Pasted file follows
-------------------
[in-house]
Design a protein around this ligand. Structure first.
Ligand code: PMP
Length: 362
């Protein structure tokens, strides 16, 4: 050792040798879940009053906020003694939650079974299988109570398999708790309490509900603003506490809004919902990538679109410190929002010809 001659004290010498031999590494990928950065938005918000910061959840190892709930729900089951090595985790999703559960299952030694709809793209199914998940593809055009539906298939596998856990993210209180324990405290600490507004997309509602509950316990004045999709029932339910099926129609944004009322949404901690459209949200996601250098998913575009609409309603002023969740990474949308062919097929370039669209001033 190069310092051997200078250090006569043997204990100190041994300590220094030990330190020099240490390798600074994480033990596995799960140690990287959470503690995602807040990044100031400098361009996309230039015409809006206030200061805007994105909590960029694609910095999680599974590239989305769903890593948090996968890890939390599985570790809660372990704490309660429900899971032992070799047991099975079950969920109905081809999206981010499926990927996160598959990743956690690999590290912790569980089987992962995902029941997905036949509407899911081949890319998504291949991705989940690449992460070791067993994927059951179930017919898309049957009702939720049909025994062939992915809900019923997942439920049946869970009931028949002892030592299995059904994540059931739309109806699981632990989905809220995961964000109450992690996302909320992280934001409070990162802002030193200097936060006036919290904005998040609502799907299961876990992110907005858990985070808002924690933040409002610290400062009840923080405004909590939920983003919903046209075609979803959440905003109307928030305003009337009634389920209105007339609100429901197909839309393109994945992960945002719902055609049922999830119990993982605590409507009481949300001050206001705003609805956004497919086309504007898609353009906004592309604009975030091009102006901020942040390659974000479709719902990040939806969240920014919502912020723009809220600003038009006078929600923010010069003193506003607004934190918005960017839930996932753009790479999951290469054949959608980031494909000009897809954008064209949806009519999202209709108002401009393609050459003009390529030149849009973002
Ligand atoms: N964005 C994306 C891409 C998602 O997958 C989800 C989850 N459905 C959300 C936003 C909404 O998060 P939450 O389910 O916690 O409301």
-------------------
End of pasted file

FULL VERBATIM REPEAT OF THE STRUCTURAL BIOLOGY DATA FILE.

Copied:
[in-house]
Design a protein around this ligand. Structure first.
Ligand code: PMP
Length: 362
């Protein structure tokens, strides 16, 4: 050792040798879940009053906020003694939650079974299988109570398999708790309490509900603003506490809004919902990538679109410190929002010809 001659004290010498031999590494990928950065938005918000910061959840190892709930729900089951090595985790999703559960299952030694709809793209199914998940593809055009539906298939596998856990993210209180324990405290600490507004997309509602509950316990004045999709029932339910099926129609944004009322949404901690459209949200996601250098998913575009609409309603002023969740990474949308062919097929370039669209001033 190069310092051997200078250090006569043997204990100190041994300590220094030990330190020099240490390798600074994480033990596995799960140690990287959470503690995602807040990044100031400098361009996309230039015409809006206030200061805007994105909590960029694609910095999680599974590239989305769903890593948090996968890890939390599985570790809660372990704490309660429900899971032992070799047991099975079950969920109905081809999206981010499926990927996160598959990743956690690999590290912790569980089987992962995902029941997905036949509407899911081949890319998504291949991705989940690449992460070791067993994927059951179930017919898309049957009702939720049909025994062939992915809900019923997942439920049946869970009931028949002892030592299995059904994540059931739309109806699981632990989905809220995961964000109450992690996302909320992280934001409070990162802002030193200097936060006036919290904005998040609502799907299961876990992110907005858990985070808002924690933040409002610290400062009840923080405004909590939920983003919903046209075609979803959440905003109307928030305003009337009634389920209105007339609100429901197909839309393109994945992960945002719902055609049922999830119990993982605590409507009481949300001050206001705003609805956004497919086309504007898609353009906004592309604009975030091009102006901020942040390659974000479709719902990040939806969240920014919502912020723009809220600003038009006078929600923010010069003193506003607004934190918005960017839930996932753009790479999951290469054949959608980031494909000009897809954008064209949806009519999202209709108002401009393609050459003009390529030149849009973002
Ligand atoms: N964005 C994306 C891409 C998602 O997958 C989800 C989850 N459905 C959300 C936003 C909404 O998060 P939450 O389910 O916690 O409301």